Soon it was time to line up. I saw my friend Lisa at the start line and we chatted briefly before the gun went off. 

Miles 1-2
Based on the elevation profile, I wanted to run these miles at goal pace, or maybe slightly slower. There were some gently rolling hills but nothing major. One woman shot out ahead of me, but I didn't see any others so I was pretty sure I was in second place. These miles were a little windy. The
Mile 1
headwind was annoying, but it also had a cooling affect so I didn't mind it too much. I focused on staying relaxed and settling in.

When I came to mile marker 1, I had already run 1.05 miles according to my Garmin, so I hoped that the marker was simply misplaced. But then when I hit the second mile marker, my Garmin was still ahead on distance, so I was mentally prepared for my Garmin to yield more than 6.2 miles. But I knew this going into the race based on Strava data and the curvy nature of the course. 

Mile 1: 6:49
Mile 2: 6:47

Miles 3-4
I was content with how I handled the first two miles. Ideally they would have been closer to 6:45, but I still had four miles to go, and anything could happen. Shortly after I hit mile marker two, there was a water station. I poured an entire cup over my head in an effort to cool down. I wasn't "hot" per se but the air was thick and sticky. 

I knew that these miles would both be net uphill, so I needed to stay strong. I maintained my placement; nobody passed me and I didn't pass anyone. I had no idea how far behind me the third female was. 

Mile 3: 6:56
Mile 4: 6:52

Miles 5-Finish
I did not get discouraged by how slow miles 3-4 were, as they were uphill. However, I was envisioning them being closer to 6:50. The good news was that the final two miles would be net downhill.

But first, we turned into a neighborhood, ran about 0.05 miles into it, did a hairpin turn, and came back out. I guess they needed to add 0.1 mile somewhere, and this is where they did it? It was super annoying but it wasn't a surprise as I had studied the course map. At that point I was kind of wishing I had run the race in the city, but then I wouldn't get my nice downhill finish!

Heading toward the finish line
I was confused at the very end because we didn't finish like the course map had indicated. We didn't turn where I expected to turn so that threw me off a little. But ultimately that meant fewer turns overall, so I think it was for the best.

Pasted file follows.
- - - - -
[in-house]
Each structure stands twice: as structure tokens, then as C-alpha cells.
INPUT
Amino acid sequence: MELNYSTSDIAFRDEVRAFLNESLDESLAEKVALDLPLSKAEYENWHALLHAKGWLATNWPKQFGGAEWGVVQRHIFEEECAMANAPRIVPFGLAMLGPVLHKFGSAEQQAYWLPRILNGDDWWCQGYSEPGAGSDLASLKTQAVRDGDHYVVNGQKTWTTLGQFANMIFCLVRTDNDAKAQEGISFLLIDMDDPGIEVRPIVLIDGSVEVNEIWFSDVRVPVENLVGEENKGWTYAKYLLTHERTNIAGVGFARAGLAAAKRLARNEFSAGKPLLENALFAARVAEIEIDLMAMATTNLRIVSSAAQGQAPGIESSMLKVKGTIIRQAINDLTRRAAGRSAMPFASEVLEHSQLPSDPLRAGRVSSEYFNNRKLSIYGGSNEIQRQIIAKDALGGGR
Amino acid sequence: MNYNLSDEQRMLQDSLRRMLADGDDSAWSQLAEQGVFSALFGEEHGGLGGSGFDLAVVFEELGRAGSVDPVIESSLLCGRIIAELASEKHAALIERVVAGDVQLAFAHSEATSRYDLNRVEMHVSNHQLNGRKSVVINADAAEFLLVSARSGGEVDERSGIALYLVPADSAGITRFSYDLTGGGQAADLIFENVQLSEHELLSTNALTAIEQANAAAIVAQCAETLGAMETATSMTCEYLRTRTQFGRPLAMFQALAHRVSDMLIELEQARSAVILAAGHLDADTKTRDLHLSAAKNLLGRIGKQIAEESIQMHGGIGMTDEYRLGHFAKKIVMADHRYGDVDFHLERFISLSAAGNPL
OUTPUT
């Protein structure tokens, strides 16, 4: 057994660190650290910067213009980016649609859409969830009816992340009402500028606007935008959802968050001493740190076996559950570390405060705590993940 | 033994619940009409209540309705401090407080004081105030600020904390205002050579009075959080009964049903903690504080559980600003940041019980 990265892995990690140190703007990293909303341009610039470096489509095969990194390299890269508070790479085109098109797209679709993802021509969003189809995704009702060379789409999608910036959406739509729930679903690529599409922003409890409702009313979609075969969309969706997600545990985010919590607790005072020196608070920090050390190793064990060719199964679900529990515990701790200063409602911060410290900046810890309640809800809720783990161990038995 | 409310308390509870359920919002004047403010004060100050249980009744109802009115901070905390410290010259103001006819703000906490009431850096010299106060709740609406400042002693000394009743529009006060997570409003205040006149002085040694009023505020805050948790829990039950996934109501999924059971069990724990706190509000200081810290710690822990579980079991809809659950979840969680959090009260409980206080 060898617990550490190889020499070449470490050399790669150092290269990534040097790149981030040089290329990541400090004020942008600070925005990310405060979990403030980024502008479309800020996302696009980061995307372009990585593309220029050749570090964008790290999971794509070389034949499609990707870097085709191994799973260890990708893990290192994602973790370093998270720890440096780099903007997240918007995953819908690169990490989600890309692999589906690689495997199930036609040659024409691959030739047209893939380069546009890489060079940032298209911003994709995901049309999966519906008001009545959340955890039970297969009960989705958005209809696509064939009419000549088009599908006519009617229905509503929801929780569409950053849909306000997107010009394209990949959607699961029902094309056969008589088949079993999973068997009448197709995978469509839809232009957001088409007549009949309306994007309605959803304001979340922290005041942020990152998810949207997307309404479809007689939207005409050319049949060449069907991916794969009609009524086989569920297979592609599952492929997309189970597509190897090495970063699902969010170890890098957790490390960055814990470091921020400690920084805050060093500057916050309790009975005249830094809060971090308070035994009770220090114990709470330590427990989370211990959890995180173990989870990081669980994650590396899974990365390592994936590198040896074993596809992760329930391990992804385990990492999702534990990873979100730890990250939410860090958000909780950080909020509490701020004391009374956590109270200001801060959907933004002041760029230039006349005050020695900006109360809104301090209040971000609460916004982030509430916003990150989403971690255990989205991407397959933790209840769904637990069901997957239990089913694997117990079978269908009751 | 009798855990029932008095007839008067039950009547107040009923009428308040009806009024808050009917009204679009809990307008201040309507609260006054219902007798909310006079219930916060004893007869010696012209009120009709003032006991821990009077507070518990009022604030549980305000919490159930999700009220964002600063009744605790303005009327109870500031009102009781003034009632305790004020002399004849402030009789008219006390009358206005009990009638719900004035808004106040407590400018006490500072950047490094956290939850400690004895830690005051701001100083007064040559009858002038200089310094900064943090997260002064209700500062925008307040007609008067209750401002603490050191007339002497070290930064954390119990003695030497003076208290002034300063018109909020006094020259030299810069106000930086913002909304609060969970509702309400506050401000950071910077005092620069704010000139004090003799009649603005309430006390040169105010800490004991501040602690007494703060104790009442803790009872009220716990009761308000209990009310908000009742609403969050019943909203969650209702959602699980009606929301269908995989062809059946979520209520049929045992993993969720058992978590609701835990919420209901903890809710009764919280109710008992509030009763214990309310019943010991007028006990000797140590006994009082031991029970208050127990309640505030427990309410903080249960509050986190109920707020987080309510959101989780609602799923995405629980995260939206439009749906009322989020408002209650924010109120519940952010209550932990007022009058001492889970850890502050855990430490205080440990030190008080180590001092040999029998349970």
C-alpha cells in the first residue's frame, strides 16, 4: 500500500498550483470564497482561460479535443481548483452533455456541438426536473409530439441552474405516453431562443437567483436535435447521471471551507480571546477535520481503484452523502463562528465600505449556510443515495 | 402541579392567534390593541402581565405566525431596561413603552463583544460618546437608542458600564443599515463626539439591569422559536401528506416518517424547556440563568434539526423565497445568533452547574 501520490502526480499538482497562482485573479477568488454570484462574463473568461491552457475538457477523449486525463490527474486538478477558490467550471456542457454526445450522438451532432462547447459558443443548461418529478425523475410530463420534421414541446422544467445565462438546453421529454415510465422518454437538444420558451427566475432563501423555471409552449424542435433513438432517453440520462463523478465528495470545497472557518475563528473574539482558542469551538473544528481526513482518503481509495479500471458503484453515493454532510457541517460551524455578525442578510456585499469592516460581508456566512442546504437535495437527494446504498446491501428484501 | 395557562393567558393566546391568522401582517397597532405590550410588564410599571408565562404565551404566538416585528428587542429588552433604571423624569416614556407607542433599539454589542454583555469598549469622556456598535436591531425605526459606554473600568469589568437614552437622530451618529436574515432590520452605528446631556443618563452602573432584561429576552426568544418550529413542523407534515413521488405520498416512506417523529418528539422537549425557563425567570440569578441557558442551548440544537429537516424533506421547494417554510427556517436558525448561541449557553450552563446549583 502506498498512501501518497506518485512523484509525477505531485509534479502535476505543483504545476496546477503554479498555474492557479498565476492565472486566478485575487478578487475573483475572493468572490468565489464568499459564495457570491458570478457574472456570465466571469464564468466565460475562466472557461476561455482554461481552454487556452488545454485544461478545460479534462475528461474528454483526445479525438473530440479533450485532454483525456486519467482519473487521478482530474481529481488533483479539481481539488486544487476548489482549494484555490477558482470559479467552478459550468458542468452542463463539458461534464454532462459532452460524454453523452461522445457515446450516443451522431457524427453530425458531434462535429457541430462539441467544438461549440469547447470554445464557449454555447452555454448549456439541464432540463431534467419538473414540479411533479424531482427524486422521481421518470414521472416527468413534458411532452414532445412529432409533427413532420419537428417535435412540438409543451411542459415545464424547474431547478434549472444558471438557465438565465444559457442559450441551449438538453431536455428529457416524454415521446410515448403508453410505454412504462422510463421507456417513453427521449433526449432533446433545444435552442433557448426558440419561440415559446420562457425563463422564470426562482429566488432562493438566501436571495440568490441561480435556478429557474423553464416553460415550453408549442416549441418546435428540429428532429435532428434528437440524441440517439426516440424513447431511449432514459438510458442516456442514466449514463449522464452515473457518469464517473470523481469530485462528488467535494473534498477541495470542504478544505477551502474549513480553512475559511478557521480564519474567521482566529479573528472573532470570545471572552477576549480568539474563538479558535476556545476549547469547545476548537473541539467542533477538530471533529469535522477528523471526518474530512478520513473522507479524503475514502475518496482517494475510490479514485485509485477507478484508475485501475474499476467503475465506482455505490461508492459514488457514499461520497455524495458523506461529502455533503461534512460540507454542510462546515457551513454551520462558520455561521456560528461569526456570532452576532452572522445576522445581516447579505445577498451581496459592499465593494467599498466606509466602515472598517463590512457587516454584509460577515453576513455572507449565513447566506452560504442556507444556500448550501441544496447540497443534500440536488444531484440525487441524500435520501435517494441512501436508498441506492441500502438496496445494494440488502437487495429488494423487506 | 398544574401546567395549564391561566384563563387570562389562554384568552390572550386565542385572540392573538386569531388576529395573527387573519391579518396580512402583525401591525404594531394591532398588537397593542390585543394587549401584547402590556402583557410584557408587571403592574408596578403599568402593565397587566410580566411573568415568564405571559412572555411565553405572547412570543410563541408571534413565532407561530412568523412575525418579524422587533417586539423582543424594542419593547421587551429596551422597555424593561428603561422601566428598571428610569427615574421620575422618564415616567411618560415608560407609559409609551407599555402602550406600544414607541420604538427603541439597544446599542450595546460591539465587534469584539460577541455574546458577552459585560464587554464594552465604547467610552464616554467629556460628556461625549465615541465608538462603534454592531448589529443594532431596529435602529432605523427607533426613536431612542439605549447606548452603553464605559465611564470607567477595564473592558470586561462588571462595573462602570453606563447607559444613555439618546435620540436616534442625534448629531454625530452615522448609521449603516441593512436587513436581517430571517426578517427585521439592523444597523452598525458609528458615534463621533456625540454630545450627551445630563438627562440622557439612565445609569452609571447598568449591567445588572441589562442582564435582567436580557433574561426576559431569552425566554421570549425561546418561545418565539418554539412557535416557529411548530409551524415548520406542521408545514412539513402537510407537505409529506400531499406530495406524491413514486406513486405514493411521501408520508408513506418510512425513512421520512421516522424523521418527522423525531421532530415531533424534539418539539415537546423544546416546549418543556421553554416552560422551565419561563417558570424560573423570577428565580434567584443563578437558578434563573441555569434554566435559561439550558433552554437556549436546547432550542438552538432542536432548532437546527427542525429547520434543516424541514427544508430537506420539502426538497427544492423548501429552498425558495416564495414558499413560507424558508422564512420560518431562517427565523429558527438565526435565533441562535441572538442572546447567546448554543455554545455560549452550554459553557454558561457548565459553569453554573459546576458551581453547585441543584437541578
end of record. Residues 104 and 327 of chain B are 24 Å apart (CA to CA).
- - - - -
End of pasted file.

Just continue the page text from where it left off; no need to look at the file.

My original plan was to run these miles hard and go sub 6:40. I did run them hard, but sub 6:40 wasn't happening. I was at a point where I was struggling to maintain my effort.

Mile 5: 6:49
Mile 6: 6:44
Laso 0.29: 6:38 pace

Official time: 42:52, good for second place female. First place ran 40:02, so there was no catching her.

After the Race
Before I had a chance to mentally process the race, I knew I needed to do the post-race workout prescribed by my coach. He wanted me to stop for no longer than 5 minutes, and then do a Fartlek of 3 x (3 mins, 2 mins, 1 mins) all with 90 seconds of steady running in between. Wow. Greg, who had been taking photos, went back to the car with me and I changed out of my Vaporflys and into the adidas which I had warmed up in.

I thought there would be no way I could run fast after just finishing a 10K, but I was pleasantly surprised:

3 minutes at 7:34
2 minutes at 7:03
1 minute at 6:54
3 minutes at 7:11
2 minutes at 6:58
1 minutes at 6:36

I stopped after two sets because my legs were toast. I think that was the point, as this is part of marathon training. But I have my limits! All of that yielded an extra 2.62 miles at an average pace of 7:58. The awards ceremony started about five minutes after I finished, so I was glad I stopped when I did.

Final Thoughts
I feel good about this race. It's annoying that the weather was what it was, especially since yesterday morning it was in the low 50's at 8:00. But I can't control the weather and I made the best of it.

I missed my PR by 1 minute, 1 second. But considering this course was "longer" than my PR course, the pace was about 6 seconds per mile slower. So, kind of close, which is good.

New zebra socks
Before the race I had looked at Strava data from about 5 different runners on this course. The distances ranged from 6.25-6.27. I paid very close attention to the tangents so I think I ended up with 6.29 because this course was different at the end then what the Strava runners ran. Plus, as I said, the